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Posted: 4/3/2001 11:58:51 AM EST
I was just wondering if any of AR15.com's members are WWII vets.

Personally, I can't spend enough time talking to or admiring or respecting the men and women who took care of business when the world was on fire.

If any members here are WWII vets, I'd love to corrispond with you and hear your stories( [email protected] ). You truly are the greatest generation.

I had the pleasure of actually meeting a man, an American man, who volunteered to fight in the Spanish Civil War! Yes, he was old as time itself, but seldom if ever, have I been so impressed with one human being. He risked it all for a country that he didn't even live in, to fight what would ultimately become the fasciest wave that engulfed all of Europe.

Again, if there's an WWII vets on this board, I would REALLY like to hear from you.
Link Posted: 4/3/2001 12:47:20 PM EST
Link Posted: 4/3/2001 1:15:28 PM EST
To anyone reading this post i am looking for any information or refernce to a  General La May
He is my Great Grandfather but no one in the family has any information. I would love it if anyone knew who he was.
Link Posted: 4/3/2001 1:16:00 PM EST
Waldo....You're a lucky guy to have such an impressive slice of history in your family.

I wish there was some sort of forum of discussion with some of the remaining WWII vets. Whenever I get the chance, I like to strike up conversation with people of that generation. Most likely they did serve, and if not, they still have plenty of great stories about what America did to save the world.

Send your dad my best wishes, he is the kind of guy that makes me most proud to be American. Make sure he never forgets that the world will forever be indebeted to him and his generation.
Link Posted: 4/3/2001 1:16:48 PM EST
My father is a WWII vet. Fought in the Pacific. He was a Navy signalmen, but he trained as a radiomen as well, so he got attached to the Marines at Iwo. Saw the flag being raised at Suribachi (the original flag). Also was in Samoa, the Solomon Islands, Pearl Harbor, etc.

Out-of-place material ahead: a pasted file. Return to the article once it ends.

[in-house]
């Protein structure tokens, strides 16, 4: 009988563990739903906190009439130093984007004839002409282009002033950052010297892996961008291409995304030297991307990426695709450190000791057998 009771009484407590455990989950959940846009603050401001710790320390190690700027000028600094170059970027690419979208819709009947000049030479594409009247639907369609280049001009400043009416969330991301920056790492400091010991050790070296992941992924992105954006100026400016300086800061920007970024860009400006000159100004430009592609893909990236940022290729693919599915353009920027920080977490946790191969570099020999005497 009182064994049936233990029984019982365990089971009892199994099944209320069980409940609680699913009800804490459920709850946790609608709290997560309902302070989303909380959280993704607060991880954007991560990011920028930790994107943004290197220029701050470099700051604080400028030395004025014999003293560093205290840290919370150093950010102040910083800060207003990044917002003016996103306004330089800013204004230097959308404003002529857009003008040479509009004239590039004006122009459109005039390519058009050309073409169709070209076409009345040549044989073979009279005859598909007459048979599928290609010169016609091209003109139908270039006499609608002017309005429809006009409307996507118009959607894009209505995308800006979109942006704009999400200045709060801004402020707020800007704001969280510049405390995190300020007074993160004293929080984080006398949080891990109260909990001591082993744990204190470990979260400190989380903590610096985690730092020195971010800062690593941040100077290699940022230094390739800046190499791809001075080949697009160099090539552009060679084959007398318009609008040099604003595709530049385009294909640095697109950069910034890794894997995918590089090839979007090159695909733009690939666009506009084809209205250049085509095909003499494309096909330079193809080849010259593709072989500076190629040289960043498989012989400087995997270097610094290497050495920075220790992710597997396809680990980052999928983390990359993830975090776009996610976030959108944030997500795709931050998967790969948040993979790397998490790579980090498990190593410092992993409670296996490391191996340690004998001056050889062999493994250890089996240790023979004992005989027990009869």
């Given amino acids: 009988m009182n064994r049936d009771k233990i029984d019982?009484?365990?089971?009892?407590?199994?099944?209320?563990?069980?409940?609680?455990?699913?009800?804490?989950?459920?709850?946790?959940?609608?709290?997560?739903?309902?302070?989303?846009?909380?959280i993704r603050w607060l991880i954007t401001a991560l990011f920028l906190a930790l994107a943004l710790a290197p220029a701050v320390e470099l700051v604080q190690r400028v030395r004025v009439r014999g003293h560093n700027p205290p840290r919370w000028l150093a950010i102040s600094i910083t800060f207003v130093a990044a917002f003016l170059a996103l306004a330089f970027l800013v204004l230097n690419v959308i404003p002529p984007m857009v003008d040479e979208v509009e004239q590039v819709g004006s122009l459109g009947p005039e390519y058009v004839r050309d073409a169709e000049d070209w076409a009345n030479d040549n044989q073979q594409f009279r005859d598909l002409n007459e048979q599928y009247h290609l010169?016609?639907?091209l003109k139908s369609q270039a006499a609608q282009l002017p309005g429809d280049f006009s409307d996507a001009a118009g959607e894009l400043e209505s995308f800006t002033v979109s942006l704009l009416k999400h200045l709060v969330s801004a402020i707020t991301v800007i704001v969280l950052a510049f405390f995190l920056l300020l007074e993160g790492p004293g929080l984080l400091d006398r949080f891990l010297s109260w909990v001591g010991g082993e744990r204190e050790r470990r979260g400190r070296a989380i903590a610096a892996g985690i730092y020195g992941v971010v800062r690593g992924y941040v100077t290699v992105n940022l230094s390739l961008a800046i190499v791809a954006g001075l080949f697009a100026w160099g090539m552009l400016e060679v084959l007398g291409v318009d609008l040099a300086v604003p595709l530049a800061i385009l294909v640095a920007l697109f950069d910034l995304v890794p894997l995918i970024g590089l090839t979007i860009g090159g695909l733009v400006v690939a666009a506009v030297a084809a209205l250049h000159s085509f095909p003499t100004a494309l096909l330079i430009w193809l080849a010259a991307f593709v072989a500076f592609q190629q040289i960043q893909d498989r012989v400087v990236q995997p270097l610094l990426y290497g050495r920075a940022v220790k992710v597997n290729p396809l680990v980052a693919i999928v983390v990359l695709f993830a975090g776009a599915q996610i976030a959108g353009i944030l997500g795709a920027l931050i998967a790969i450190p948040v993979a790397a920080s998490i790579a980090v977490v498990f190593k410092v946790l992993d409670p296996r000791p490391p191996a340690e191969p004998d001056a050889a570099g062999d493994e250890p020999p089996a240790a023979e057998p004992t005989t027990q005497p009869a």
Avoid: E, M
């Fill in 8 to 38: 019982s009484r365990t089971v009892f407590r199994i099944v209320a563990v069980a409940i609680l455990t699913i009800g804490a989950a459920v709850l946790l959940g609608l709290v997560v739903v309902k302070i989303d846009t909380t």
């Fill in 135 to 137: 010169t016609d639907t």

I wish I had his stories. Sample:

"At Samoa, half the time there was nothing to do so one day a bunch of us got together and stole a truck loaded with 420 cases of beer. Had it hidden really well, but the captain got wind of it and caught us in the act. So, just about when we think we're going to the brig, the captain says, 'You guys better find a better hiding place for the beer. I suggest you move it up on the mountain by the radar tower. No one will find it there.'"

Would that happen today? Not!

Finally, some FBI guys found it, so the captain made them destroy it. Here they are sitting on the edge of a cliff throwing 10,000 bottles of beer off the cliff onto the rocks below. What a waste.

More Iwo stories:

"One day at Iwo I was walking along and saw a boot lying on the trail. Picked it up because it looked really new, but found a foot in it so I threw it away."

"On a mission as radioman with a group of Marines and came across a naked, half-starved Japanese soldier lying bleeding in the bottom of a shell crater. Big crater, result of our 16" guns. When one of the Marines tried to go down and get the guy, the Japanese soldier pulled out a knife and threatened him with it. So, the Marine lays his rifle down and tried to go in again unarmed, just to reassure the guy that we meant him no harm. The Japanese guy again waved his knife and started yelling at them. So, another Marine steps up and says, 'I'll get him out, watch.' With that, the Marine throws a grenade into the crater and shouts 'Run like hell!' Next thing we hear is Boom! He got the Jap out, but in 40 pieces. The Marine who threw the grenade was sent to the hospital ship for a little R&R"

Link Posted: 4/3/2001 1:24:24 PM EST
i found my great uncles dog tags in my grandgfathers garage this past saturday, showed it to my dad and other relatives -- havent seen it since, my dumb uncle probably threw it away

i assume they were from WW2, but he died before i was born, his wife(my great aunt) was one of my favorite relatives as a kid, im praying there in one of the boxes in the garage
Link Posted: 4/3/2001 1:52:20 PM EST
My father was a WW2 Vet. He died in 1983 but his spirit lives through me...
Link Posted: 4/3/2001 5:19:56 PM EST
Hey Mattja, your dad and mine probably talked to each other. My dad was a USMC radioman, forward observer with the 3rd JASCO ( 3rd MarDiv Joint Assault Signal Company ).